Signs that you need to update your estate plan - Australian Wills and Estate Law
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Signs that you need to update your estate plan

Getting an estate planning lawyer on your side is an important part of managing your affairs after death. The legal protections offered by an expertly crafted estate plan are crucial to making sure that your wishes are followed after your eventual death.

However life changes faster than we think and the circumstances under which an estate plan was originally created change with it. This is why it’s prudent to keep in regular contact with an estate planner so that you can make sure you and your estate plan are on the same page.

Let’s take a look at some of the top signs you need to update your estate plan.

You need to update your will when you family circumstances change.

Spousal death

In the case of a spouse’s death the surviving person is usually very grateful to have their affairs in order so that there can be a hassle-free transition of assets. However, the death will require a complete review of the estate plan and the objectives it follows.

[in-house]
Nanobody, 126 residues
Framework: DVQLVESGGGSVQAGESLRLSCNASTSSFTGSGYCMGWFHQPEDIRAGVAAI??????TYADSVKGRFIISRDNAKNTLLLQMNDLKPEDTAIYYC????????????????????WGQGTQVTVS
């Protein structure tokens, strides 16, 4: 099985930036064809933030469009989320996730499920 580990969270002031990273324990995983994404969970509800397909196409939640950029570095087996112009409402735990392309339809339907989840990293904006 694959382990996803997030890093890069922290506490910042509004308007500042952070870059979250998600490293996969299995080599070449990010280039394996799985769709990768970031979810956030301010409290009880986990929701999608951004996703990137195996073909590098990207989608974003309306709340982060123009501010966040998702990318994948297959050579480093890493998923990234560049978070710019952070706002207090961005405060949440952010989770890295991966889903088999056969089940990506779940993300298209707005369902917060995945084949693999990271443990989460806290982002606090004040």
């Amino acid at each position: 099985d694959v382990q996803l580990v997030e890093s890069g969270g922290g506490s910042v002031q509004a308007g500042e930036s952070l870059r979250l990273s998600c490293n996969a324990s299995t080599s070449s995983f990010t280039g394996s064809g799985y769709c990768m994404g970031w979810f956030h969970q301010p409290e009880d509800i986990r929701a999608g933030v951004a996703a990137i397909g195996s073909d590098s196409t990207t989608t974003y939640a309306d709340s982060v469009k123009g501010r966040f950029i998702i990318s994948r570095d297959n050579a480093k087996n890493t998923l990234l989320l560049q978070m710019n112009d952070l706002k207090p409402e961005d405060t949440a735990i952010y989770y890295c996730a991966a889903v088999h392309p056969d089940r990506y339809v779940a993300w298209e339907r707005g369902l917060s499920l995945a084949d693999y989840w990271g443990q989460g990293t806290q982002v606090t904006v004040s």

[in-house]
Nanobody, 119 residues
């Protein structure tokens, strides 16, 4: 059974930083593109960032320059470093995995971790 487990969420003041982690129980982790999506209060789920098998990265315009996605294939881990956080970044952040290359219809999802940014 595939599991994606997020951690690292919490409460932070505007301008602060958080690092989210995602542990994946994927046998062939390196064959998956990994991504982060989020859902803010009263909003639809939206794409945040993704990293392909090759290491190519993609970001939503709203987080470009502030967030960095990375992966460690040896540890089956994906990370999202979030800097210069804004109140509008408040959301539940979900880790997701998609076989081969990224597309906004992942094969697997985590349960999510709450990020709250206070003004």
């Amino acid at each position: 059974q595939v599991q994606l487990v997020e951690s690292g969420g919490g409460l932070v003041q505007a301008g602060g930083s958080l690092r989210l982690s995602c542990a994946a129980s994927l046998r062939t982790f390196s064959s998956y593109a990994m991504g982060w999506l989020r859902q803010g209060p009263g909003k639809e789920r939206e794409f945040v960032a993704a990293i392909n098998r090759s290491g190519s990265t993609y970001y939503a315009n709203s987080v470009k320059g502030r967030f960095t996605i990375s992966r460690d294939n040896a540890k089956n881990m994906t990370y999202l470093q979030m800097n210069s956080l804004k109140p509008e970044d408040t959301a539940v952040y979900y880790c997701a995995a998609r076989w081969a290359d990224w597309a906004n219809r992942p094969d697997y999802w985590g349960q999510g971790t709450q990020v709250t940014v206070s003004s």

If a family is left with a single parent then that parents needs to review their estate plan and consider the assets given to children and how they will minimise superannuation taxes for death benefits as well as succession planning.


If someone gets a divorce then their existing will is revoked automatically. This means that that updates to the estate plan need to commence once the decision to separate has been reached.

Often divorce will require changes like writing a new will and changing nominations for superannuation benefits. People in this situation should not wait until they are officially divorced to begin making these arrangements.

Children grow up

When children are still at school age, estate planning involves making sure assets are available to continue their education after the death of a parent. These funds are securely held in an asset and tax protective manner.

When children get older the strategies used in the estate plan are less concerned with education and are tailored towards their own family relationships.

When children reach the age of 18 they become financially independent and any superannuation death benefits paid to them will be taxed. In this case the estate plan will need to be altered in order to minimise the amount that will be taxed from payments to financially independent children.

Succession planning

The decision to hand over control of a family business to a child needs careful planning along with an update of the estate plan. These plans should be executed around the same time and clearly communicated with family members in order to maintain harmony between successors.

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